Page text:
Express EU scare story is bullshit shocker

NOW the Express warns readers “Now Brussels wants MOTs every two years“.

ANNUAL MOTs for cars could be scrapped under Brussels-led proposals to harmonise safety checks across Europe.

Bureaucrats want Britain to adopt a system in which MOTs are done only every two years.

That doesn’t make sense – the EU is bringing in these regulations to make roads safer, so why would they stop anyone from having a more regular MOT?

Well, let’s have a look at what the EU actually said (PDF, p. 14).

Member States may: (a) bring forward the date for the first compulsory roadworthiness test and, where appropriate, require the vehicle to be submitted for testing prior to registration; (b) shorten the interval between two successive compulsory tests;

In other words, the four years – two years thing is the bare minimum. We’re still allowed to have our annual MOTs, and in fact, we’re probably making Brussels rather happy by doing so.

So the Express story was nothing but a complete lie. Oh wow, what a surprise.

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  1. #1 by Press Not Sorry on Sunday, 15th August 2010 - 15:15 UTC

    [A Department for Transport spokeswoman said last night: “No decisions have been taken on the content of any review.”]

    No decisions taken yet, then. Non-story by The Express.

    [Member States may: (a) bring forward the date for the first compulsory roadworthiness test and, where appropriate, require the vehicle to be submitted for testing prior to registration; (b) shorten the interval between two successive compulsory tests;]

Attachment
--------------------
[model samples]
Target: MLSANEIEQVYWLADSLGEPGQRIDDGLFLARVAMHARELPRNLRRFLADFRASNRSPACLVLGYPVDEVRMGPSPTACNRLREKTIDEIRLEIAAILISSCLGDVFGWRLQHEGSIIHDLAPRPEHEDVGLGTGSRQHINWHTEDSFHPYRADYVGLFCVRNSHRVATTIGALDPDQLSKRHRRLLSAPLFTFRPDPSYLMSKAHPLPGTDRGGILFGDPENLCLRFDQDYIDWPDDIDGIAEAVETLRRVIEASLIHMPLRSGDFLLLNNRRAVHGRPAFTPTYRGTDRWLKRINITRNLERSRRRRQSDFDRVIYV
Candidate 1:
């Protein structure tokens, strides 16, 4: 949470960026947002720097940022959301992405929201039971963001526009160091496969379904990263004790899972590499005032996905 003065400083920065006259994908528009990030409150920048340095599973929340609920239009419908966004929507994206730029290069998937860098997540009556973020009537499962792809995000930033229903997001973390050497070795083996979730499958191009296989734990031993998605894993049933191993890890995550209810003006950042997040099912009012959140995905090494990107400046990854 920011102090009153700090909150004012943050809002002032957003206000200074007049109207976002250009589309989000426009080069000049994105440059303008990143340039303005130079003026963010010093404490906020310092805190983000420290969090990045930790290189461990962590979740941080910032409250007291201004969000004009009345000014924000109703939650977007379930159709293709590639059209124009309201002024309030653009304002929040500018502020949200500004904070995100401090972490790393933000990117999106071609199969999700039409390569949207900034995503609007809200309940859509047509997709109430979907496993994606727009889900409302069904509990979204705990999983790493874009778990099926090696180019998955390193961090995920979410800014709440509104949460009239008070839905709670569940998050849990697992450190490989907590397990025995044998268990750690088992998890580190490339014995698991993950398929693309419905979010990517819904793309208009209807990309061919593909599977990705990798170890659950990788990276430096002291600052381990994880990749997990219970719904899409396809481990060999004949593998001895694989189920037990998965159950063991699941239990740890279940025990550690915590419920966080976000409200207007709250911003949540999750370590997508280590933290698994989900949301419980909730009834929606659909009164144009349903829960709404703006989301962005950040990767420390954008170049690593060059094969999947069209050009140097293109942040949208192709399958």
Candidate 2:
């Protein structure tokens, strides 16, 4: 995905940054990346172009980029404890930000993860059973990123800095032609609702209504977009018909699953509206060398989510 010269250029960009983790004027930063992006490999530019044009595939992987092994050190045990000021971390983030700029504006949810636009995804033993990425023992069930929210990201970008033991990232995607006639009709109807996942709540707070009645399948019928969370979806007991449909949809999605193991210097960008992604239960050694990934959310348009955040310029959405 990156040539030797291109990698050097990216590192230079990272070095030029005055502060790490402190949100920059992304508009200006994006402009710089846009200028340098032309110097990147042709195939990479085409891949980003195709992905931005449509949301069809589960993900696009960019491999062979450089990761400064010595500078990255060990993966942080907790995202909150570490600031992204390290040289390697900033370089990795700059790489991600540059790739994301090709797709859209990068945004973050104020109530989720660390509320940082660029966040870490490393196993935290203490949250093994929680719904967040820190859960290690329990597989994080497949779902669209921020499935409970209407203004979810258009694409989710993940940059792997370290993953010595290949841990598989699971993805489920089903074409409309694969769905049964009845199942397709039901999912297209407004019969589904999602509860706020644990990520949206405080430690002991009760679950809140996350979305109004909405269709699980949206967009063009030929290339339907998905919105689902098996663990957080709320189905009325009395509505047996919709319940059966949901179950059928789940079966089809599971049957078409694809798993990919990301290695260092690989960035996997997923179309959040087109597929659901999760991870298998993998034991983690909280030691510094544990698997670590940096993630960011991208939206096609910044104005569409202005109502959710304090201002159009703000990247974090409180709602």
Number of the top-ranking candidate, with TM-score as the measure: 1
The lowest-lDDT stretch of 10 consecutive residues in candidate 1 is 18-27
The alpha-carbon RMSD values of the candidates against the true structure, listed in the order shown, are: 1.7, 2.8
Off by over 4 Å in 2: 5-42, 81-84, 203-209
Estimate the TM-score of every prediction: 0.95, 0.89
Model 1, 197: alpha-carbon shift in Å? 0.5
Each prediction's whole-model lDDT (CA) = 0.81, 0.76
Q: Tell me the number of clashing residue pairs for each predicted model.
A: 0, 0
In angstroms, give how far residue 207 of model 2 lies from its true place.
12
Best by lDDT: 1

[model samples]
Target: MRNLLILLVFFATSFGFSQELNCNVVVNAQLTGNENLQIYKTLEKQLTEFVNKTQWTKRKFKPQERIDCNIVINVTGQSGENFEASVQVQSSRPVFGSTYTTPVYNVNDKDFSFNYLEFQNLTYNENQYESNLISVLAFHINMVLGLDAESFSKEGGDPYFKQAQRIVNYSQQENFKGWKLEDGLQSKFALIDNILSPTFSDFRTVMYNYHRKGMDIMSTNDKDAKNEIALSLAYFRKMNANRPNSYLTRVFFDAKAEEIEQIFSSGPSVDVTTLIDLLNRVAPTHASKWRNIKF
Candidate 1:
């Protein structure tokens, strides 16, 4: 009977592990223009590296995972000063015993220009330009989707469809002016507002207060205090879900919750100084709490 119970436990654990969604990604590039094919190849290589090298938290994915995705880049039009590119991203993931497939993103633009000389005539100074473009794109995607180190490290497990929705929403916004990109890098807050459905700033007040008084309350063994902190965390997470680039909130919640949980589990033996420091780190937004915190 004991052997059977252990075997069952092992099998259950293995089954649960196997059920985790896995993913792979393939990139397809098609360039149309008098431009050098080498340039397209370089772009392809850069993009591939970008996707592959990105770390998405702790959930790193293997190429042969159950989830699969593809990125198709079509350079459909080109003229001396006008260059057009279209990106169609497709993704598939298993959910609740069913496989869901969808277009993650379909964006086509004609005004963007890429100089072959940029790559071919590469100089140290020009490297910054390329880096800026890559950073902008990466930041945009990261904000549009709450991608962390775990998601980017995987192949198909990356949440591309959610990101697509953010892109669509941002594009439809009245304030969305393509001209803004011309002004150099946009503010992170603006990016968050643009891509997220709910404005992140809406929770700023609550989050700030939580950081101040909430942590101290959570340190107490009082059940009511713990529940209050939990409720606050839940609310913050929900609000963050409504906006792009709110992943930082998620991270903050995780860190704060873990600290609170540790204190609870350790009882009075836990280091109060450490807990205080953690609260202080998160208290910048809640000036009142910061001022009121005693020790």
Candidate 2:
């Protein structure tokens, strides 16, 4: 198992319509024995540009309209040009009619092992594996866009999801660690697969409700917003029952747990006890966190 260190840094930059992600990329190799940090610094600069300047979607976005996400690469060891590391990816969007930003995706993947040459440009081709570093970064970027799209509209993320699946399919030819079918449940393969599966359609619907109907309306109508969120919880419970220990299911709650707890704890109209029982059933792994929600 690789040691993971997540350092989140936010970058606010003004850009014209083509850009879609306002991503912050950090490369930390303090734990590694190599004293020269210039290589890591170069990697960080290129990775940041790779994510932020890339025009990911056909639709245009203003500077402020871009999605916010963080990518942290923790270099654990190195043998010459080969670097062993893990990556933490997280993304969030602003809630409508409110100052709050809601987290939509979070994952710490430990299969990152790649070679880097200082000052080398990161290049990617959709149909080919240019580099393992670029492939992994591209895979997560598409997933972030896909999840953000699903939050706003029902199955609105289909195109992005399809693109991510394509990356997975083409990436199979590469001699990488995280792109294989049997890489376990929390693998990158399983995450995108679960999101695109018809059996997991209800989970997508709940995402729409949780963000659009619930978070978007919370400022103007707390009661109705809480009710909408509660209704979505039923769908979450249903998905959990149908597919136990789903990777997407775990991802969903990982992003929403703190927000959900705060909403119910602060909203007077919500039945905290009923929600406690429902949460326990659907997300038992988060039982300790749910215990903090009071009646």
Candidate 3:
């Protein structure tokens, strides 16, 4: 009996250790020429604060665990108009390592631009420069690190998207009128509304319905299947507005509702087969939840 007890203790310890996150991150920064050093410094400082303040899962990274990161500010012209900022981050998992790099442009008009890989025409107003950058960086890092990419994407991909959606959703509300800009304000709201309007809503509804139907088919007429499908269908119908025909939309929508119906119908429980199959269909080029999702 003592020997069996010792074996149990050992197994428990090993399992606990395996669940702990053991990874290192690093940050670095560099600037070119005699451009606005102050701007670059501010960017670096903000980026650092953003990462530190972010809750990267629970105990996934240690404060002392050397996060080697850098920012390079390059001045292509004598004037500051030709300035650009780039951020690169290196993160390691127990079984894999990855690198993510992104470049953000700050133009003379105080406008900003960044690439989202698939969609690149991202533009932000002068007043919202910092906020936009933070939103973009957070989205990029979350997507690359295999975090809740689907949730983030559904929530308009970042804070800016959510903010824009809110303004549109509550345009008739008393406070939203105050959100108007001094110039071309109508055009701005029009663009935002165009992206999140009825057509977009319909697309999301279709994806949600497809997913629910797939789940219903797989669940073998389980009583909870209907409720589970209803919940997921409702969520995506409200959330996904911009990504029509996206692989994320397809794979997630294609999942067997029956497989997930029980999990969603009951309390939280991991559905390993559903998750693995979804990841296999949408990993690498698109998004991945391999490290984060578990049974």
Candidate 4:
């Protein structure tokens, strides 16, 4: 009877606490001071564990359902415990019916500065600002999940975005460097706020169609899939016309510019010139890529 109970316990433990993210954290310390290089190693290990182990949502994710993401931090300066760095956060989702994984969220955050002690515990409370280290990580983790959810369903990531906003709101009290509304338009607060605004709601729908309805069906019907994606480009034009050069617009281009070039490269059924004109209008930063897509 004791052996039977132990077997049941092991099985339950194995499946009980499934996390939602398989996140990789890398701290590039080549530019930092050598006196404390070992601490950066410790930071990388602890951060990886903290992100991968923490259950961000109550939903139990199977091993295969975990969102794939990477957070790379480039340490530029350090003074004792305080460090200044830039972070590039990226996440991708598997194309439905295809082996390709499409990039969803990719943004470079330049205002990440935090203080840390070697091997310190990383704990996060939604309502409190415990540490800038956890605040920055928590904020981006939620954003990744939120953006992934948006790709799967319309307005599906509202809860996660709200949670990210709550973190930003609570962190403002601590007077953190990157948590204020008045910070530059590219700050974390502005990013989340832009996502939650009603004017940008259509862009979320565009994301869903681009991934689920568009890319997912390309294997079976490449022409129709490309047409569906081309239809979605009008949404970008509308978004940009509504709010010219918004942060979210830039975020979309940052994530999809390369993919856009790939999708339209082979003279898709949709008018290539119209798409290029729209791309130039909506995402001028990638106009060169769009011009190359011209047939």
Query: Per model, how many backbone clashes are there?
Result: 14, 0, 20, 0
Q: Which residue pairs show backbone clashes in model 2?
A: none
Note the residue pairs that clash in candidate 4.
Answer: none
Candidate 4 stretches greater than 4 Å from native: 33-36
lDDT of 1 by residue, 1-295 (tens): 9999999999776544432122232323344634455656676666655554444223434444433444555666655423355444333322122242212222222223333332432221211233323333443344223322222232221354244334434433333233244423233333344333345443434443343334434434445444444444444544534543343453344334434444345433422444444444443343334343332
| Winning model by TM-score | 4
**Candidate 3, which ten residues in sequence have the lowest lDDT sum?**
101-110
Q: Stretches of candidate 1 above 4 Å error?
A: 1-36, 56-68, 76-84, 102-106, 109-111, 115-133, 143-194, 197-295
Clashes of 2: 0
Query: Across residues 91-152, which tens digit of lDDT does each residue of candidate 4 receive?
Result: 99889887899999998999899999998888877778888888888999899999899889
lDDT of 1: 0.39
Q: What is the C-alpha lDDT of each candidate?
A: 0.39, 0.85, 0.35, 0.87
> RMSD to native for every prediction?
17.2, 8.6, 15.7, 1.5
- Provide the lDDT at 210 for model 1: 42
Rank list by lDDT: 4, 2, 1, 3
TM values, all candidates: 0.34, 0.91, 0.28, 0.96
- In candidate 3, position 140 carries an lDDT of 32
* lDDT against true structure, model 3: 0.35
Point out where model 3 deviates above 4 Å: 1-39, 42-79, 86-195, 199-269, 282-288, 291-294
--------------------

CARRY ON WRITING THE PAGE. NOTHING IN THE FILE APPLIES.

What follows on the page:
That seems to say that the date of the first MOT of a new car could be brought forward, so could mean parts of Europe moving into line with the UK, where a car has it’s first test at 3 years old rather than 4. It also appears to say that new cars might be required to have an MOT before they’re even registered to an owner, and that the EU are proposing to “shorten the interval between two successive tests.”

    To me that would seem to be saying the EU is proposing the adoption of UK time scales for MOTs, not extending the length between tests to 2 years. Is this Express journalist even reading the same document, I wonder?

    • #2 by atomicspin on Sunday, 15th August 2010 - 15:25 UTC

      To be (slightly) fair to the Express, the EU says that cars should be tested at least “four years after the date on which the vehicle was first
      used, and thereafter every two years”, so they won’t be going to a UK system just yet. Likewise, the bit about testing before registration isn’t compulsory, it’s just saying “If you want to do this, we don’t mind”.

      I’d imagine this bill is aimed mostly at the recent Eastern European members, some of whom don’t have vehicle checks at all, not countries like France or the UK.

      But, like you say, the Department for Transport isn’t making any changes to UK testing schedules, and the EU is leaving plenty of leeway for countries to change to a British schedule.

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